Could Corona outbreak undo the ban on single-use plastics?

It is estimated by the National Institutes of Health, Centers for Disease Control and Prevention, UCLA and Princeton University that the virus lives on plastic surfaces for 3 days. Researchers have found that reusable bags do carry pathogens, although there is no evidence about whether they might transmit the virus that causes COVID-19.

How has this affected the use of plastics?

Less than six months ago, Massachusetts was on the verge of passing a state-wide ban on single-use plastic bags. At least 130 towns and cities across the commonwealth had already limited their use, and in November 2019 the bill banning these bags passed the state senate by an overwhelming margin. It seemed like everything was on track for Massachusetts to become the sixth state in the country to ban this major source of plastic pollution ― one that requires a million barrels of oil to produce and kills an estimated 100,000 marine animals each year. All that, however, was before the Corona virus. Instead of signing a plastic bag ban, this week signed an order that banned shoppers from bringing reusable bags to the grocery store and overrides all municipal restrictions on single-use plastic bags. Another example will be, corporate giant Starbucks has banning their customers to bring back reusable cups for refill.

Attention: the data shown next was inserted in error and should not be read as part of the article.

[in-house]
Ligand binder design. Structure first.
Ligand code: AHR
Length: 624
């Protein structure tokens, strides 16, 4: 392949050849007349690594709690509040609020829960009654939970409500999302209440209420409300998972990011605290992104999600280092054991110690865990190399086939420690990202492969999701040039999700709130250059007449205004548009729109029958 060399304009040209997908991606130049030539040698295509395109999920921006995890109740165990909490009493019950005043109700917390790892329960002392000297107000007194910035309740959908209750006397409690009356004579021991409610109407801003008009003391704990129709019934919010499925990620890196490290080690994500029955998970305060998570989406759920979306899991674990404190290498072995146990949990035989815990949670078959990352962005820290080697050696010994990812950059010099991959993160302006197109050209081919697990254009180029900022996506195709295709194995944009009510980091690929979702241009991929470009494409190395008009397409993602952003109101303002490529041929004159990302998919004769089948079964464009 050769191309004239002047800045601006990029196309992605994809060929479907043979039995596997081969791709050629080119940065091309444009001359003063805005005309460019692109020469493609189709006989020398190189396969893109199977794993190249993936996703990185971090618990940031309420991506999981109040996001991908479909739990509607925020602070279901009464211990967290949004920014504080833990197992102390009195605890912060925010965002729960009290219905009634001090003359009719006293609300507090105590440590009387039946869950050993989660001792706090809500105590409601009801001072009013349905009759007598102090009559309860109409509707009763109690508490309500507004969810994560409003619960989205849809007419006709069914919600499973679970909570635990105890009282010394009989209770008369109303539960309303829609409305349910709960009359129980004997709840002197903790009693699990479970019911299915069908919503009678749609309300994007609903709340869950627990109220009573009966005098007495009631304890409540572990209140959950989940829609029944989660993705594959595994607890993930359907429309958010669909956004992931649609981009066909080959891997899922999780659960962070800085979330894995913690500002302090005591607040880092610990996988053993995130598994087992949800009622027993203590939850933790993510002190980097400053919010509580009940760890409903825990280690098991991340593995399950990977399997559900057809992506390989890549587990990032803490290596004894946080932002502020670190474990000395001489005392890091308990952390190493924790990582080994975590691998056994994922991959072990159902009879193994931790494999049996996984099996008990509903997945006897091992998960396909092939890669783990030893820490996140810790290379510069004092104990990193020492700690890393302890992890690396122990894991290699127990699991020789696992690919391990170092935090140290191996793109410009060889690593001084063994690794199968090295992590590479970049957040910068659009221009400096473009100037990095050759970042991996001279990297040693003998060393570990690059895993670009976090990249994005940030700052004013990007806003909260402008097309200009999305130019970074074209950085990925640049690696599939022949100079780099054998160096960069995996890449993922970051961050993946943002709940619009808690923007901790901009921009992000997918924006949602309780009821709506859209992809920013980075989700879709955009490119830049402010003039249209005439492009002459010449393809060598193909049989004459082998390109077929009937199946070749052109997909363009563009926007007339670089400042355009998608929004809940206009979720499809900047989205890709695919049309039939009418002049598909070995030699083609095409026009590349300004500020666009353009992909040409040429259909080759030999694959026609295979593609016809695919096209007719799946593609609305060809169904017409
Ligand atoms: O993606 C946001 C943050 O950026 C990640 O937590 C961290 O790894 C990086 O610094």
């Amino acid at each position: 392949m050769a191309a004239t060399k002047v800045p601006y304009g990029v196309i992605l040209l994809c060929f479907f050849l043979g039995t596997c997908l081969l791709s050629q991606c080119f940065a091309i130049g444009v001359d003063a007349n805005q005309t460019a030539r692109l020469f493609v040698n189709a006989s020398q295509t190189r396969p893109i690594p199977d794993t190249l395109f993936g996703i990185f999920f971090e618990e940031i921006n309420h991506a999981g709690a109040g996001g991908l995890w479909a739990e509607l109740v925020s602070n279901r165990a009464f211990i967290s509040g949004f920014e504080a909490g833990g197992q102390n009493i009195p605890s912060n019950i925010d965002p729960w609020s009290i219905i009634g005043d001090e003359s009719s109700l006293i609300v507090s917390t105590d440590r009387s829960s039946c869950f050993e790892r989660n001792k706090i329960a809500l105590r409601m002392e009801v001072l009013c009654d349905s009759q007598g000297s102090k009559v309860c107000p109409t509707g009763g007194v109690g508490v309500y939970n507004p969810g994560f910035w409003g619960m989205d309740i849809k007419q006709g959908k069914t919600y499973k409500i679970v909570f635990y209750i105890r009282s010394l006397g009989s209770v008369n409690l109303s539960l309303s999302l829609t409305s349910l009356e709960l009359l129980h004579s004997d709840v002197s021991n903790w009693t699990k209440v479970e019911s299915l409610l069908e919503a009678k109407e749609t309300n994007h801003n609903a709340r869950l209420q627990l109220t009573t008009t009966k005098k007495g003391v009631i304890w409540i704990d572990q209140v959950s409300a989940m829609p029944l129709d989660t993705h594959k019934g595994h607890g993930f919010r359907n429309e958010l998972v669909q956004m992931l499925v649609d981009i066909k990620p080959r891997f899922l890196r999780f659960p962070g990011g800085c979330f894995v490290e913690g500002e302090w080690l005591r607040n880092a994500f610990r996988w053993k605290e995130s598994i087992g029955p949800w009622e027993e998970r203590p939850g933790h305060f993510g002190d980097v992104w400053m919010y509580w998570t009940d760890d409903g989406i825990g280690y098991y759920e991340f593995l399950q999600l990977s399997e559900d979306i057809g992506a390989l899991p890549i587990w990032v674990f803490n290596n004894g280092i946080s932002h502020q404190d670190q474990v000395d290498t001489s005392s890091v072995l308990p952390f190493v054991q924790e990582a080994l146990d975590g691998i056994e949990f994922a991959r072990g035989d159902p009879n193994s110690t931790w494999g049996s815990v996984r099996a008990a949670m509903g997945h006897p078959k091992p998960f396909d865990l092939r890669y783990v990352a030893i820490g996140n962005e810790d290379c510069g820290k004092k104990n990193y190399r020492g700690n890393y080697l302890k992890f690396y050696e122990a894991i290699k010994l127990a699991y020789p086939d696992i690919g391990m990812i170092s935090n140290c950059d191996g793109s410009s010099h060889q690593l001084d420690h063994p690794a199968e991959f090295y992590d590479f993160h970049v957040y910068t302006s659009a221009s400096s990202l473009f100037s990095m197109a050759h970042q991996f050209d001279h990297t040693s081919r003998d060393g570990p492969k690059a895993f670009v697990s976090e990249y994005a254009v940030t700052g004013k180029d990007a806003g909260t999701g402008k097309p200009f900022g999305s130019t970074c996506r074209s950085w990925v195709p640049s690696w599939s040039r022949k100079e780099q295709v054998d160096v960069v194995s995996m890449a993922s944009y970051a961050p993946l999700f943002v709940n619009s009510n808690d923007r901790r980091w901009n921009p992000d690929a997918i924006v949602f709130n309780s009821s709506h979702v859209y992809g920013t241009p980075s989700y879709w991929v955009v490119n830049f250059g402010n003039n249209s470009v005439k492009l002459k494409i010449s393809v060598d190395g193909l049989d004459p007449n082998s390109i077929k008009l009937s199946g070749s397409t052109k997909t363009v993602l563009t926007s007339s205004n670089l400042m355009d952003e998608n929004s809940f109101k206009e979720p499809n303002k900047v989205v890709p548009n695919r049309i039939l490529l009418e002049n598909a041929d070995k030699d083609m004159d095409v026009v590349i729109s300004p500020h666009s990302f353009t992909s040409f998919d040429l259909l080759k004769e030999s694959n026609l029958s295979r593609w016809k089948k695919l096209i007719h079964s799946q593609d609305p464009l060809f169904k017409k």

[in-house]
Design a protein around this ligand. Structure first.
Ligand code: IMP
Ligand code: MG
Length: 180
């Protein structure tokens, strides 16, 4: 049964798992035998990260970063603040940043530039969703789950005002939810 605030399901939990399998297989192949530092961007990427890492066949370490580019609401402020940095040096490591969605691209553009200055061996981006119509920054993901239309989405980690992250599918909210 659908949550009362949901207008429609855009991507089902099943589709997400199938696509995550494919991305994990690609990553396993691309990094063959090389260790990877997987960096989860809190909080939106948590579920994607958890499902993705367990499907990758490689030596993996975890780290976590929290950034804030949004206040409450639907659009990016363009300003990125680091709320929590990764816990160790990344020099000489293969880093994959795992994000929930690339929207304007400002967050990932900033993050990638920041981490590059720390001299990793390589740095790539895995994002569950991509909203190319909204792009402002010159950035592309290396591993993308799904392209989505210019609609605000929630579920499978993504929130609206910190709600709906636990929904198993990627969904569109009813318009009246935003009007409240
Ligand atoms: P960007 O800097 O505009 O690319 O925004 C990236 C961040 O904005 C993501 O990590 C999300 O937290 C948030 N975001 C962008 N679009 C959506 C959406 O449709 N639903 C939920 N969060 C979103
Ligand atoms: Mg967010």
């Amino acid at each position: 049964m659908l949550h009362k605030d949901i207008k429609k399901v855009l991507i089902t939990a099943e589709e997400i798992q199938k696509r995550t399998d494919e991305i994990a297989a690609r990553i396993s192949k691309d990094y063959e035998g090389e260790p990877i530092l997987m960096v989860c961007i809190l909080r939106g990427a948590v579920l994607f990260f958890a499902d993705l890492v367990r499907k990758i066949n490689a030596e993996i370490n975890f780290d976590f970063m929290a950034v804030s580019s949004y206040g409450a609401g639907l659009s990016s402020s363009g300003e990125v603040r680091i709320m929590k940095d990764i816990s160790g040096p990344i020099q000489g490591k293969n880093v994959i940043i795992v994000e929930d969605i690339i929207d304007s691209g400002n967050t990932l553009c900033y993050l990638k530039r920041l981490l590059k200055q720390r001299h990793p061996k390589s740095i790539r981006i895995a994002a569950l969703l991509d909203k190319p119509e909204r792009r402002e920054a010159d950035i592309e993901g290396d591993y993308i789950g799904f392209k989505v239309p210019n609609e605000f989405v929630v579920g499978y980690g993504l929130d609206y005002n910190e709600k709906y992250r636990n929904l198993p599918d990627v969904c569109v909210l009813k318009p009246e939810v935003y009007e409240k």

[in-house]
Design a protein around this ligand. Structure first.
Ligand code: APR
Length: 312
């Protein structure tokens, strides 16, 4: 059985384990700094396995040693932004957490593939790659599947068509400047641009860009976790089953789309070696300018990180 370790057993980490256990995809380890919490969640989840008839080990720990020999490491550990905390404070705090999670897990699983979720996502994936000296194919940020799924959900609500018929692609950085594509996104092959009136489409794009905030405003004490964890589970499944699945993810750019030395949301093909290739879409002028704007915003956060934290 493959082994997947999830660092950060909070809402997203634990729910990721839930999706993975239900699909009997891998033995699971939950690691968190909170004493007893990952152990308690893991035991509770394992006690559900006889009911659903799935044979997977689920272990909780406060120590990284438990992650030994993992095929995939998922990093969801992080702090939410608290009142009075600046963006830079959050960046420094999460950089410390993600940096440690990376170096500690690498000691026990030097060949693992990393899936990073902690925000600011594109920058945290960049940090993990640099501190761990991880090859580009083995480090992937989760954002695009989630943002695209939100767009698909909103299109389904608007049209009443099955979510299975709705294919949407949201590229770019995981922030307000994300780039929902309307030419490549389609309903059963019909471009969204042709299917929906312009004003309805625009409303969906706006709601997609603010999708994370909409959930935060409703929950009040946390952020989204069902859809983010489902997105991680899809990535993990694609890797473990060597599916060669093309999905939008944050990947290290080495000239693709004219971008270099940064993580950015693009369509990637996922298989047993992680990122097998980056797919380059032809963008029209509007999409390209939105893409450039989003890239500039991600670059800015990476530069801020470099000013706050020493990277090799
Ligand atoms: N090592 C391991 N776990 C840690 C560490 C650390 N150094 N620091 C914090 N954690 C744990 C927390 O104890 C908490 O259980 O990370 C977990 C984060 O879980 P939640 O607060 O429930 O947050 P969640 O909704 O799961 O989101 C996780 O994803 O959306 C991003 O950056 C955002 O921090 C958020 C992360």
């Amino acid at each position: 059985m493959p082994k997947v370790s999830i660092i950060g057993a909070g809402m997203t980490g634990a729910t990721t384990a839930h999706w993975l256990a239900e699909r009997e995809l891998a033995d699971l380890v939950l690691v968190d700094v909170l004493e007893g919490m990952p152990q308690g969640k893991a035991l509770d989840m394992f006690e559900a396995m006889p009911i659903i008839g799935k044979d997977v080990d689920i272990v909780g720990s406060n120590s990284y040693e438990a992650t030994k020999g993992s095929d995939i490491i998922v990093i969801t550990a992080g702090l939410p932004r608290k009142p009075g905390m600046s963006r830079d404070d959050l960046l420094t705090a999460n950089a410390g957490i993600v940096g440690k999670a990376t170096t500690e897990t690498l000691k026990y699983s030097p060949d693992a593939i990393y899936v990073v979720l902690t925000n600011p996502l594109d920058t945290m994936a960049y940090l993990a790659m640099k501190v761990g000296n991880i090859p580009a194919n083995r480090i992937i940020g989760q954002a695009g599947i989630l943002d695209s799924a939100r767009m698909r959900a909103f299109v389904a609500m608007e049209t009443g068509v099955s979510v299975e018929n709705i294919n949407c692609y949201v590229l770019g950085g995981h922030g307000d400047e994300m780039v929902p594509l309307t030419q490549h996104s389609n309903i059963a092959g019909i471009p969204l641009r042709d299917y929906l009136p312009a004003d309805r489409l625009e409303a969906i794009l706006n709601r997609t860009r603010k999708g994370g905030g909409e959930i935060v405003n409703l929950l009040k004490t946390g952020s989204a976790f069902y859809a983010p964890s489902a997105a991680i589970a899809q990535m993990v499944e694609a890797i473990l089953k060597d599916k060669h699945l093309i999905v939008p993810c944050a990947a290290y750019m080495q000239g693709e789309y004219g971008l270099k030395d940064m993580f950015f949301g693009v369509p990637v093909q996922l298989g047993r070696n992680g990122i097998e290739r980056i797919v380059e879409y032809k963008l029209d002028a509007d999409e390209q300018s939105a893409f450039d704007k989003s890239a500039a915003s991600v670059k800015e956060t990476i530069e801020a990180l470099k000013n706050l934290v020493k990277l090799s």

This creates an increase in the use of single-use plastics!

While the air around us have become cleaner and the water bodies fit for use, once the entire COVID-19 situation settles we might end up visualizing a huge amount of plastics ending up in landfills and as open dumping.

Conscious use of plastics by public is the right way to overcome this mess. Usage of cloth bags that can be washed and reused is a viable option. Plastics can be stored and later be disposed when the situation turns normal and recycling units are back on track.

It is time for us to act responsibly so that the waste from COVID-19 pandemic doesn’t haunt us in the future!

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